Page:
Wednesday, May 13, 2009

Mystical at Heart

I’m currently in the middle of the finals crunch, and my head has become a swirl of theories and names and books.  This semester I have been lucky to take a wonderful selection of courses on topics that are absolutely fascinating to me, so even though I have brain-fatigue from writing my various term papers, it is almost worth it.  

Today I handed in a terribly confusing paper about self-identity and theology.  Drawing on Giving an Account of Oneself by Judith Butler and Paul Ricoeur’s narrative identity theory, I argued that every time I try to talk about who I am, every time I try to identify myself through narrative, I am simultaneously doing theology.  Strange, I know.  And, no, there is no way I can explain it in a single blog post.  But it got me thinking…. 

Talking about God is one thing—a very difficult and worthwhile thing, no doubt—but relating to God is very different.  At the heart of a relationship with God, at the heart of Christian belief, is mysticism.  While this is likely not surprising to most people, it is not normally how I think about it. 

In the study of religion, especially historical theology, mysticism is often singled out as its own branch.  While some scholars don’t like the distinction, it is often contrasted with movements like scholasticism.  But the thing is, Christian belief is always mystical. 

Now, the flavor of Christianity that I was raised with had an interesting relationship with mysticism (though it would never have used that term).  It was made very clear that real Christians weren’t like those crazy people who spoke in tongues and got healed and ran around the sanctuary with flags and tambourines.  Those sorts of things were written off as feelings, as momentary—they weren’t real Christianity. 

Real Christianity was about knowing the truth.  It was about believing that Jesus was the Son of God who came to earth and died for our sins.  It was about believing in the trinity and the dual-nature of Christ.  It was about fighting the good fight, about renouncing the devil and living a life of faith—something that could not be pinned down by reason. 

So, even though certain expressions of Christian faith were written off as bogus and unrealistic, we were asked to embrace something that was admittedly non-rational.  But I didn’t realize that back then. 

Here I am now, years later, studying theology in an academic setting.  I’m writing papers about the efficacy of God-talk by Hindu theologians, about the connection between narrative identity and theology, and about the rhetorical structures of works of Christian ethics—but Christian belief is mystical.  That’s not to say it is wholly non-rational, somehow devoid of reason.  It can be reasonable and rational and intelligent—but it has to be more than that.  It has to go beyond that.  If it doesn’t, it is nothing more than a set of textbook answers, interesting to study, but not relevant to anything at all.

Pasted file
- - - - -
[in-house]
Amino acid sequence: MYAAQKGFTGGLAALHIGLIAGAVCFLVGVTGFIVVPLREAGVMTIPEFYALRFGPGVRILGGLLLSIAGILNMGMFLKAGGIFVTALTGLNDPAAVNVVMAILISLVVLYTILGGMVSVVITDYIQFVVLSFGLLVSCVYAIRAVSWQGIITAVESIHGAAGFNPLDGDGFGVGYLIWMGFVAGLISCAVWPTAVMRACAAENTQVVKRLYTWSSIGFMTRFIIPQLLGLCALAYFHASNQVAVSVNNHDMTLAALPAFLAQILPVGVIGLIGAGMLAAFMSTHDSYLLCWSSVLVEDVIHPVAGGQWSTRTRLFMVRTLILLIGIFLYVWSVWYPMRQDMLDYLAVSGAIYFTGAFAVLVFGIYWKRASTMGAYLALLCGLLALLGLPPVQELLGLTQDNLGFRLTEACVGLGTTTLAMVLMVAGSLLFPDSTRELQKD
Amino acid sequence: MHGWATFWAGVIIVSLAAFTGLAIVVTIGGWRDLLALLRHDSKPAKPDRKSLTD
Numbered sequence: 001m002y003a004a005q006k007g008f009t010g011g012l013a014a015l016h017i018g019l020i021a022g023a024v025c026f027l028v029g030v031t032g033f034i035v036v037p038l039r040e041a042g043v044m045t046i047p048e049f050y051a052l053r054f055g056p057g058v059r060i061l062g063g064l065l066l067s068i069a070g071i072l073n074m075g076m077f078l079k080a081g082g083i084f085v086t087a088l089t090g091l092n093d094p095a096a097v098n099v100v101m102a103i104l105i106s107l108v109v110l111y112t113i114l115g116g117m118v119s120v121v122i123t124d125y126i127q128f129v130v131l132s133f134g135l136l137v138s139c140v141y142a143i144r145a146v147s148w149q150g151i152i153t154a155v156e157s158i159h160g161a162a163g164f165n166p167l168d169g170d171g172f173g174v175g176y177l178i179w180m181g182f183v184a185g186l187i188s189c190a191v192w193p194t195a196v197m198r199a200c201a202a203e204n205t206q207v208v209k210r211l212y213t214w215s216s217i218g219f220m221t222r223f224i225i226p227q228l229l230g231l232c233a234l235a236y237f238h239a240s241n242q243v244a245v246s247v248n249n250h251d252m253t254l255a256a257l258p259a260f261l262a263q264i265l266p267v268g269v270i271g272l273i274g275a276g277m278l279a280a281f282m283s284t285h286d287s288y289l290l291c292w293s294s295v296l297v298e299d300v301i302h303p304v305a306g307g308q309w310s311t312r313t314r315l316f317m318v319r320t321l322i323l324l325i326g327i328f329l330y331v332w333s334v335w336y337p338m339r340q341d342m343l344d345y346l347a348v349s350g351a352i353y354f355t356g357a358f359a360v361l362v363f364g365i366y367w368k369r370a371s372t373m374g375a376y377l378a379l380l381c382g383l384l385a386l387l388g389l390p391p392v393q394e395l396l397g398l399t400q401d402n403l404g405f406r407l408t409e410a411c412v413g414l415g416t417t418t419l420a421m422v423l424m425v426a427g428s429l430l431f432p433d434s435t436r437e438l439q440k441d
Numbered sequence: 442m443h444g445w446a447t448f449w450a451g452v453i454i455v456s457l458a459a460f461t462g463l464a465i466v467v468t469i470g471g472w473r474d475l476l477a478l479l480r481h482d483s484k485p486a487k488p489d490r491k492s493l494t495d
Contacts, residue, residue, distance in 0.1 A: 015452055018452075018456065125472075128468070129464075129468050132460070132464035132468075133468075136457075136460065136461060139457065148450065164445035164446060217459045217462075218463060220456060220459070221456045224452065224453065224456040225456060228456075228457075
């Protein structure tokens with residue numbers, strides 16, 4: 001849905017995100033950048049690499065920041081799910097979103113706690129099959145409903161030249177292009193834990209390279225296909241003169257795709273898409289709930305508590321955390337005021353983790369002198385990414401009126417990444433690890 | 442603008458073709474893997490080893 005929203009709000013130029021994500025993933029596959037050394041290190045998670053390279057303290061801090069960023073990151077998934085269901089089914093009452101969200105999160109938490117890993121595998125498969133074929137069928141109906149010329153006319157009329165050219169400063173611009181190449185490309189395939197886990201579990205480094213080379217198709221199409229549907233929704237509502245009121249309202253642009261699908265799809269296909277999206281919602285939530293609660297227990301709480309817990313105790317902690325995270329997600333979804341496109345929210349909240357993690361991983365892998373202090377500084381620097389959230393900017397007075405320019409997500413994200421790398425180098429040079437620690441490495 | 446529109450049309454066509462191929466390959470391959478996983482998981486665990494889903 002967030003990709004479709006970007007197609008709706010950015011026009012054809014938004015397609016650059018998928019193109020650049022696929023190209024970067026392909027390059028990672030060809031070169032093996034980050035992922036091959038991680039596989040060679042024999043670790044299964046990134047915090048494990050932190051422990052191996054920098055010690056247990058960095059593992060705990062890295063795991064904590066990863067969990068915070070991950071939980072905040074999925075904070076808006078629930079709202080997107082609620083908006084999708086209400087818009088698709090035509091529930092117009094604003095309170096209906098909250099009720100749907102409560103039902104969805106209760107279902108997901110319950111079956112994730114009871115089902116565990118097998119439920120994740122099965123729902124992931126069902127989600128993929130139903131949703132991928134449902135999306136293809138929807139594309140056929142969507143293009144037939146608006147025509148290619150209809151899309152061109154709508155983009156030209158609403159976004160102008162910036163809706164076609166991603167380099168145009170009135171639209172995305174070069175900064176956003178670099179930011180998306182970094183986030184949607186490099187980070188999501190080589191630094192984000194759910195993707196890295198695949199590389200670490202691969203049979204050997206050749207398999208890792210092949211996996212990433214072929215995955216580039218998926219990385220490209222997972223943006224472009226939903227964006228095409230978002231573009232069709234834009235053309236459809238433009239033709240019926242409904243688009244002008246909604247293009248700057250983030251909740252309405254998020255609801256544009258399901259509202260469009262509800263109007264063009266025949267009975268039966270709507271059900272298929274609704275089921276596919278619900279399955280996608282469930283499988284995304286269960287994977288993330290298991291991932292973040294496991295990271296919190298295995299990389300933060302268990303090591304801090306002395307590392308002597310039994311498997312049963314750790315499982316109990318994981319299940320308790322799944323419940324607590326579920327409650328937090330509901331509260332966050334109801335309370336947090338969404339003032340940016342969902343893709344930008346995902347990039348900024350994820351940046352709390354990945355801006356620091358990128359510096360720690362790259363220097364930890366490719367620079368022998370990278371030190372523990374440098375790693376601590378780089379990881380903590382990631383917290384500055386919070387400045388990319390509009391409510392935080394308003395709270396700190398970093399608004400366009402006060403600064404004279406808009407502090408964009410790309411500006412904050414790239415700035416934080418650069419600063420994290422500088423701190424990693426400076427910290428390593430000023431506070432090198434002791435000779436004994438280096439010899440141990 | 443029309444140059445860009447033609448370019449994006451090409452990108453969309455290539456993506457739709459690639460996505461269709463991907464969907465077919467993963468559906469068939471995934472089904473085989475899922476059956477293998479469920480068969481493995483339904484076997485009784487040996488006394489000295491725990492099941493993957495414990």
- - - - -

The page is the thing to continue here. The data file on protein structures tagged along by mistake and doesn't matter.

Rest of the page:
Tuesday, May 5, 2009

Heretical Parables of Jesus

Jesus went up to the hill to teach the crowds, saying, “Those who keep their faith will lose it, but to those who lose their faith, faith will be given. Again I say to you: All who hide their shame will be laid bare, but to them who are honest, shelter will be provided.”

Then Jesus said to them, “The kingdom of God is like a rock that fell from a great height. The foolish people said, ‘There is a rock! Let us take it home with us.’ However, when they went to retrieve it, they were crushed by the rock’s weight. But when the wise saw the rock they said, ‘There is a great mystery. Let us not approach too close, lest we be killed.’”

Then Jesus turned to his disciples and said, “The kingdom of God is like an American auto-maker. When the economy was strong, the company produced many American cars and made great profits. Seeing the great profits, the workers began to grumble because they were not paid well. The workers formed a union and fought the company for better wages and better pensions. After long negotiations the auto-maker finally compromised and the workers’ union gained great power. When the economy weakened, the company still produced many cars, but it could not make a profit. After too many quarters with no profit and after too many workers were laid off, the auto-maker went bankrupt. Then there were no more workers and no more new cars, no more union and no more company. The bad economy was just too bad, the union’s demands were just too demanding, and the American cars were just not American enough. After all these losses what can be said for the economy? Is it not time for the workers to rise up in revolt?”

When Jesus had finished saying these things, the disciples whispered to each other, “What can this mean? This is surely a hard saying.” Then they turned and walked back to the city confused.

Tuesday, April 21, 2009

Nevertheless, I Believe

Recently, one of my professors told us a brief story about the faith of one of her professors.  He was on the religion faculty where she went to school and straddled the difficult line between skeptical academic inquiry and religious faith.  Each week when his church recited the Nicene Creed, he would join in—with one small addition.  Just as he was about to begin reciting the creed he would say under his breath, “Nevertheless….”

That one word captures a whole host of thoughts and feelings—it is a faithful word, a doubting word, a word that expresses hope and despair.  Despite the difficulties that he was confronted with, despite the thoughts he might have to the contrary, he expressed his faith.  With that single word he was able to express his commitment to God and to his community of faith without denying his own struggles.  That word is honest.  That word is humble.  That word is human.

For him, that word is holy.

Nevertheless, I believe….